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Researchers: Oldest Human Footprints in North America Are in New Mexico

    2021-9-27

    Footprints discovered in New Mexico suggest that early humans were in North America around 23,000 years ago, researchers reported recently.

    The fossilized footprints were found in a dry lake in White Sands National Park in 2009. Scientists at the U.S. Geological Survey recently studied seeds stuck in the footprints to estimate their age. Evidence suggested they were from 21,130 to 22,800 years ago.

    The findings may help scientists answer a basic question: When did people first arrive in the Americas, after spreading out from Africa and Asia?

    Most scientists believe the migration path included land, now underwater, that linked Asia with what is now the state of Alaska.

    Past research has suggested that humans arrived in the Americas from 13,000 to 26,000 years ago. Such findings were based on different kinds of evidence — including stone tools, fossil bones and genetic studies.

    This undated photo made available by the National Park Service in September 2021 shows fossilized human fossilized footprints at the White Sands National Park in New Mexico. According to a report published in the journal Science on Thursday, Sept. 23, 202
    This undated photo made available by the National Park Service in September 2021 shows fossilized human fossilized footprints at the White Sands National Park in New Mexico. According to a report published in the journal Science on Thursday, Sept. 23, 202

    The recent study gives a more solid baseline for when humans were in North America.

    Fossil footprints are more direct, clearer evidence than “cultural artifacts, modified bones, or other more conventional fossils,” the researchers wrote in the publication Science.

    “What we present here,” they said, “is evidence of a firm time and location."

    Location means a place or position.

    Based on the size of the footprints, researchers believe that some were made by children who lived during the last ice age.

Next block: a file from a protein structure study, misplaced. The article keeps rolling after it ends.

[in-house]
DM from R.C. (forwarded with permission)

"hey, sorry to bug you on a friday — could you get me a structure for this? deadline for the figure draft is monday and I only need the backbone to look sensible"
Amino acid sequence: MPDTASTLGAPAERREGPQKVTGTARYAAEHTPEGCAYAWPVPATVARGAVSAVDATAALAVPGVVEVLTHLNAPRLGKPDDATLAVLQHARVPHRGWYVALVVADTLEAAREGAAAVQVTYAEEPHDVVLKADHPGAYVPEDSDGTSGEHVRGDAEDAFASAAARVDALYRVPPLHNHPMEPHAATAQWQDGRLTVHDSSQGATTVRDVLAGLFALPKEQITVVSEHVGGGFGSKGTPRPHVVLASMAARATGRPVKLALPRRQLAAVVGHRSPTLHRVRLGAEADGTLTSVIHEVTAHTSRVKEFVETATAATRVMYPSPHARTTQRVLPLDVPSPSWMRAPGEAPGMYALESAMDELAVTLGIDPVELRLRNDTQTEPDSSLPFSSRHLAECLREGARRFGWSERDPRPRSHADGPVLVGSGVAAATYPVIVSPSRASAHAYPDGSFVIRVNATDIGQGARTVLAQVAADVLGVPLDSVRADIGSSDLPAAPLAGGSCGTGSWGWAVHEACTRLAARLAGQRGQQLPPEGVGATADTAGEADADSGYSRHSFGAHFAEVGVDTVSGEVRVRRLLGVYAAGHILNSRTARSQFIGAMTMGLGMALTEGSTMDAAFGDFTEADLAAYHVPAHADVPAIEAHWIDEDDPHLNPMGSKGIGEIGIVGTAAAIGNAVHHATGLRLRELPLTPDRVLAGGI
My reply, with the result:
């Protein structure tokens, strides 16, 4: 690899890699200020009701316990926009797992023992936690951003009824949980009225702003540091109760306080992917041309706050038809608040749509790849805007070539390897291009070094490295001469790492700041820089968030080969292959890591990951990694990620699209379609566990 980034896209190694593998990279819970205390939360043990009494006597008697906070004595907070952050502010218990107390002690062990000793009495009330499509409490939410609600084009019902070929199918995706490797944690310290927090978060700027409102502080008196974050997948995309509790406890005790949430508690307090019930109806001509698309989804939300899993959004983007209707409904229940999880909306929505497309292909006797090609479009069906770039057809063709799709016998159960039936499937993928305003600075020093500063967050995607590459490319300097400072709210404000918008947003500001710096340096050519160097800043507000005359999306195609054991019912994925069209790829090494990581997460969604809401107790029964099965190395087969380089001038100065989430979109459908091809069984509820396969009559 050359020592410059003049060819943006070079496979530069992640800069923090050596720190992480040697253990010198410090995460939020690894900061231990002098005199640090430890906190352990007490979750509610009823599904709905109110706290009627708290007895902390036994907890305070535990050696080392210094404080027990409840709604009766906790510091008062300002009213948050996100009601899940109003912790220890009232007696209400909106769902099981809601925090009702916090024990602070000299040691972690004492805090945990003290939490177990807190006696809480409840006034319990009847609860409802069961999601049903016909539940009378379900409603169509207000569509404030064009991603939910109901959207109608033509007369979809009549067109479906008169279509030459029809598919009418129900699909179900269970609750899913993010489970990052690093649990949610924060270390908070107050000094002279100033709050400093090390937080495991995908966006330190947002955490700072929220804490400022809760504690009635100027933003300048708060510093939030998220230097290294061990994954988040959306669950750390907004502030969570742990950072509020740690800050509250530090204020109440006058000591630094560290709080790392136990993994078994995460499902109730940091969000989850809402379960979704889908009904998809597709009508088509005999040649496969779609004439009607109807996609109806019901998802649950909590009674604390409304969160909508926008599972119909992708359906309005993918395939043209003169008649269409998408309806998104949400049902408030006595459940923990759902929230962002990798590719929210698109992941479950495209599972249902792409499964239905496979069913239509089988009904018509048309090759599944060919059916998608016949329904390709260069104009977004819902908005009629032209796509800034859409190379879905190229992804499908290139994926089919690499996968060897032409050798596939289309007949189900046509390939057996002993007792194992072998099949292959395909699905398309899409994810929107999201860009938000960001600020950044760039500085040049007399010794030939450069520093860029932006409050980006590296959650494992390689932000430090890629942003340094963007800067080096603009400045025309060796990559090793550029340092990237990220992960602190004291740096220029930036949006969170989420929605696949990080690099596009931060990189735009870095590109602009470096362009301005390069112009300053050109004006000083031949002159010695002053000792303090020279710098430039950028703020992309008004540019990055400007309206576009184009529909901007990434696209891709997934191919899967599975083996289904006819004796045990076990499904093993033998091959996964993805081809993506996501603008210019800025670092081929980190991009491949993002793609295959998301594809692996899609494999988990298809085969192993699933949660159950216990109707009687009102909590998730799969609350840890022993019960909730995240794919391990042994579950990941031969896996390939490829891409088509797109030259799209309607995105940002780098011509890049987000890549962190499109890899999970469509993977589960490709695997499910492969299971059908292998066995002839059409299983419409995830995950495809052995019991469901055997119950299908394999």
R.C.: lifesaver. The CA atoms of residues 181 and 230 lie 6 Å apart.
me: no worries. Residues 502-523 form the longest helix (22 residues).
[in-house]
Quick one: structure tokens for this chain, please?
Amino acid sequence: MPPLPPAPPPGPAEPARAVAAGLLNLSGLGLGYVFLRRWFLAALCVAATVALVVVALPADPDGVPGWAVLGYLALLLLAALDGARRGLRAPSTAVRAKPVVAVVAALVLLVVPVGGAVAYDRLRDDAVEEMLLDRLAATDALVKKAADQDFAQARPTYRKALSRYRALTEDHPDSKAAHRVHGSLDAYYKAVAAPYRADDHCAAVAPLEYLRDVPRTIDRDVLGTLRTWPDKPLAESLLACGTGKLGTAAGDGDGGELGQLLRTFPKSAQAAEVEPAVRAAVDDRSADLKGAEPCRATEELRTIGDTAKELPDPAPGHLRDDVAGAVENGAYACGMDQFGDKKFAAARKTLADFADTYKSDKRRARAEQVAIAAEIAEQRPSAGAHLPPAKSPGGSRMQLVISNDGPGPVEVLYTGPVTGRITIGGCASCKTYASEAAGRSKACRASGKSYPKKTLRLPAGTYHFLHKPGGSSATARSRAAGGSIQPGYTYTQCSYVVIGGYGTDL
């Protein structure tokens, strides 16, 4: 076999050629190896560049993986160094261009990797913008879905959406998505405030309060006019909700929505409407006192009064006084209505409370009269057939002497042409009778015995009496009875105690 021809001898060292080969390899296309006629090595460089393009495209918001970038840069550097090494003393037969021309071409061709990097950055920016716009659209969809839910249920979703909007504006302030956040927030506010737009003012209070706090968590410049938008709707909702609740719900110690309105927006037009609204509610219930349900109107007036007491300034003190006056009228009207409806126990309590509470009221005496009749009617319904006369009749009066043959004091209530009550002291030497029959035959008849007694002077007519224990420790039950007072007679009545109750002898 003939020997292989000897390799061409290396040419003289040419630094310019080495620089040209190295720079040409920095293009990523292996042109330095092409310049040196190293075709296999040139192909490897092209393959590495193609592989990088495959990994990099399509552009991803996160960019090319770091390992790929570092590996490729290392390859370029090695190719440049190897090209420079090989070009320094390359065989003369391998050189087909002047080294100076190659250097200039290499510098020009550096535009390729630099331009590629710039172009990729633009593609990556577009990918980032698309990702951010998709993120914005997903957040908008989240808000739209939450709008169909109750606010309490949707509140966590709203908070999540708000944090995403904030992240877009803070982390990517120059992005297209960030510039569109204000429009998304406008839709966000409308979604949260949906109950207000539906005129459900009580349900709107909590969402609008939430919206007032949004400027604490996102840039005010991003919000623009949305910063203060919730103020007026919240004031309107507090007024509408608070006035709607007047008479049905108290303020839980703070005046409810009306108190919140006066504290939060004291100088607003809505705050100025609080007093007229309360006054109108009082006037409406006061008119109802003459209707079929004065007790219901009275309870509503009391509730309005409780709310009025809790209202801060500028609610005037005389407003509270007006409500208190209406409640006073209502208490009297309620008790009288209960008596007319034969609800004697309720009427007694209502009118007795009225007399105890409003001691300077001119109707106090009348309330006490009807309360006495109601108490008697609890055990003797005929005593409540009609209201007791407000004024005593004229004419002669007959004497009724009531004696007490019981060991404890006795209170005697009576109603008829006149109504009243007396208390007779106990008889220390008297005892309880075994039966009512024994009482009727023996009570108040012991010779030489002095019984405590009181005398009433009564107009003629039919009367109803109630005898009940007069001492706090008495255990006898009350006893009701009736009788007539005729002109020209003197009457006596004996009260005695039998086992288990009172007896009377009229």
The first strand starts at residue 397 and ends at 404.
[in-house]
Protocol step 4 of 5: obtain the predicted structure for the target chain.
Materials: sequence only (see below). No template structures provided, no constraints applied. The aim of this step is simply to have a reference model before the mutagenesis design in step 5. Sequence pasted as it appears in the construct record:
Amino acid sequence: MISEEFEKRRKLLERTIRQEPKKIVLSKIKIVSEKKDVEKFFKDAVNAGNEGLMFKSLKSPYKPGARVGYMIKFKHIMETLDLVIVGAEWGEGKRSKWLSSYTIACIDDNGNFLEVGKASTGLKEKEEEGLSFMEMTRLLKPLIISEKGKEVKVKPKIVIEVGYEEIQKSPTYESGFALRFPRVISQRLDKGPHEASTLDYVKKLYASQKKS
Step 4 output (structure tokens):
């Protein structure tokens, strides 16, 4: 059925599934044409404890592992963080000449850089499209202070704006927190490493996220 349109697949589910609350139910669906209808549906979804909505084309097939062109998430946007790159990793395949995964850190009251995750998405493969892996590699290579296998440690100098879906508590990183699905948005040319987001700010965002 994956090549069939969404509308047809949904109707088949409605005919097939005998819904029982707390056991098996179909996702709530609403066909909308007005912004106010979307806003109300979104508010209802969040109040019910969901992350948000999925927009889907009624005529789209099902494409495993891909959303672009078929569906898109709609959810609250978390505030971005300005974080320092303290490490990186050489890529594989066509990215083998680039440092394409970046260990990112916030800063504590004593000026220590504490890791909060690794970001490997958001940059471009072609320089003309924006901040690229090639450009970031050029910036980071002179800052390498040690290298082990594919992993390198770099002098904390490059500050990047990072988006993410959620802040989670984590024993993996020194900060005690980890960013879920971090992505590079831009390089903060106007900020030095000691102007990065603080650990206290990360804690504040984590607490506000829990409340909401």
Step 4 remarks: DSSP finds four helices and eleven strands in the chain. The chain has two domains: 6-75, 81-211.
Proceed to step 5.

David Bustos, the park’s resource program manager, saw the first footprints in ancient wetlands in 2009. He and others found more in the park over the years.

    “We knew they were old, but we had no way to date the prints before we discovered some with (seeds) on top,” he said.

    Bustos said the researchers had to work quickly and carefully to secure pieces of the footprints for study. The footprints were made of extremely fine earth material and could easily be damaged.

    “The only way we can save them is to record them — to take a lot of photos and make 3D models,” he said.

    Earlier digs in White Sands National Park have uncovered fossilized tracks left by a saber-toothed cat, dire wolf, Columbian mammoth and other ice age animals.

    I’m John Russell.

    Christina Larson reported on this story for the Associated Press. John Russell adapted it for Learning English. Caty Weaver was the editor.

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    Words in This Story

    footprint – n. a track or mark left by a foot or shoe

    fossilized – adj. having been changed into a fossil. A fossil is something (such as a leaf, skeleton, or footprint) that is from a plant or animal which lived in ancient times

    artifact – n. a simple object (such as a tool or weapon) that was made by people in the past

    modify – v. to change some parts of (something) while not changing other parts

    conventional adj. used and accepted by most people : usual or traditional